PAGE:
A Digital Fast
Question: Which of the following lights up the “reward center” of the brain?
a) Posting something about yourself on Facebook or Twitter
Daily wiring schedule
b) Having Sex
c) Eating food
d) Earning Money
e) All of the above
According to a recent Harvard University study, people will turn down money in order to stay at the center of conversation on Facebook or Twitter. And the greater the online population paying attention to the YOU-station, the greater the brain responds. Move over Crack. It appears social networking has become the hot new addiction.
But we already knew that.
And while we can try to wean ourselves, sometimes we have no choice. My friend Brad texted me the other day from Chicago to say his Internet was down for 12 hours. The same day my sister Meredith texted to say she would be camping in the deep woods of Maine and would be out of reach for the weekend since there was no cell reception (or indoor plumbing.) I spent my Memorial Day weekend at my folks’ house on Cape Cod and struggled being “offline” since my dad forgot the password to the wireless router.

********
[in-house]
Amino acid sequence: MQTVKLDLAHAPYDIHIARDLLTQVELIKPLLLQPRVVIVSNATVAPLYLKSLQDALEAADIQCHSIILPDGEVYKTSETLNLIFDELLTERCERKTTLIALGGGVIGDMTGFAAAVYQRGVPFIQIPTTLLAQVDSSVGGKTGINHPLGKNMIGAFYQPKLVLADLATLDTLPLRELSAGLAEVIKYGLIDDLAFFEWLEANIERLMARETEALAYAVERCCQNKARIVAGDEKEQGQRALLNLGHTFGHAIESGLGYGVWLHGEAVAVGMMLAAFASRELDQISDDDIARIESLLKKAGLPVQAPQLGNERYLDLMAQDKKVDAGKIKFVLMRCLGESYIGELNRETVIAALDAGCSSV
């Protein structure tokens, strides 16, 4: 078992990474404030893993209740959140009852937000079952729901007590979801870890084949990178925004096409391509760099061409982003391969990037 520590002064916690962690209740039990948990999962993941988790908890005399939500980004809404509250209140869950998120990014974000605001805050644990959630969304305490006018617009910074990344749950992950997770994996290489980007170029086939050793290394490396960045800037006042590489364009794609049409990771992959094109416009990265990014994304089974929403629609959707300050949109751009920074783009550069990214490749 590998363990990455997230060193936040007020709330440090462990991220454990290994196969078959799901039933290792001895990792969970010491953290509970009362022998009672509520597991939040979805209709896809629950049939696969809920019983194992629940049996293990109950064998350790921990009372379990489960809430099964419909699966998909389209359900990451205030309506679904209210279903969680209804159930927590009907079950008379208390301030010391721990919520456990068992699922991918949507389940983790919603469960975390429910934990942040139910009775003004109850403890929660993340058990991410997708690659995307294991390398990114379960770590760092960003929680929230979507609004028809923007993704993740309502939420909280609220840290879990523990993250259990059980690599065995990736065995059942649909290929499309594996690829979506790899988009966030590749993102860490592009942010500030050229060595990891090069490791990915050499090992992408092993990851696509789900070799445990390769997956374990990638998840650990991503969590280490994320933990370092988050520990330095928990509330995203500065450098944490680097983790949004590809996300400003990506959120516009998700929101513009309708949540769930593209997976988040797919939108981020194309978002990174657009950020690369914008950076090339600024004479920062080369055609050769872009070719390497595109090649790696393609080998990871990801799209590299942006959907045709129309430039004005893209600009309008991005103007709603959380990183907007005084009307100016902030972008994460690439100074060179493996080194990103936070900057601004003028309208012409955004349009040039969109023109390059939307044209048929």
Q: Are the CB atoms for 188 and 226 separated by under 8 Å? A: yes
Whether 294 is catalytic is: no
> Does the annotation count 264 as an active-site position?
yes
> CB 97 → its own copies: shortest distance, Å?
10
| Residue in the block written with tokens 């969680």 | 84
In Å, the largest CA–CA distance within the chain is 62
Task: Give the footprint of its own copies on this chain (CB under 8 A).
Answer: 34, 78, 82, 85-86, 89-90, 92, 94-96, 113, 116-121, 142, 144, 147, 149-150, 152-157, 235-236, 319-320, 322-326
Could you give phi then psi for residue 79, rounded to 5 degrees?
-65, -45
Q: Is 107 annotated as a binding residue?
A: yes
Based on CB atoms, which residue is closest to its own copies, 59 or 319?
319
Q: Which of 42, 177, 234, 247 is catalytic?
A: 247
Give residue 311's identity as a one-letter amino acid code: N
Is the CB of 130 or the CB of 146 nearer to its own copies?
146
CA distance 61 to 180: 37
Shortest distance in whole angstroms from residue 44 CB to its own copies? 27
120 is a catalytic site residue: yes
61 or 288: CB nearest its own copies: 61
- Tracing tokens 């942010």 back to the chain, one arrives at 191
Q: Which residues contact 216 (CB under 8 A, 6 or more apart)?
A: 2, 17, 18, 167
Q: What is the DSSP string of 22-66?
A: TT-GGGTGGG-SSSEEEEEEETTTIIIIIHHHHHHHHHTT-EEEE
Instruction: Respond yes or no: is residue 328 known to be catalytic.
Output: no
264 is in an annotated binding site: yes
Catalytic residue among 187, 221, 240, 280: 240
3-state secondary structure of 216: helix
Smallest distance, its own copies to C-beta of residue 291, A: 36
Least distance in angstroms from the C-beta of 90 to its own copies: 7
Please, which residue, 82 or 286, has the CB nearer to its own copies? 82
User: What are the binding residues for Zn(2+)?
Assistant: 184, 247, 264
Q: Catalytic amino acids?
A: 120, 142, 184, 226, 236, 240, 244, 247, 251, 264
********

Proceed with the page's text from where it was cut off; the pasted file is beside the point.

So what were the results of our digital time-out? Brad reported he was more productive than ever; Meredith was able to decompress from her demanding course schedule, and I organized all the closets in the house. And during closet six, I got to thinking: We’re always scrambling for more time in our busy days while there never seems to be enough time for sleep. How can we possibly add a few more hours to the 24 we now have?
By organizing them better.
Just like weeding out what’s not being worn in our closets, we can do the same by weeding out our digital surplus. And like any organizing job, it’s best to be approached with baby steps. Start with an hour. One hour of not checking texts, emails or Facebook. One hour. Then try two. Maybe you shut off just the notifications. If your reaction is anything like mine, you’ll be amazed how productive that uninterrupted time will be. This from a true digital believer. These little steps may be hard at first, but it’s surprising how much time you gain when you delete.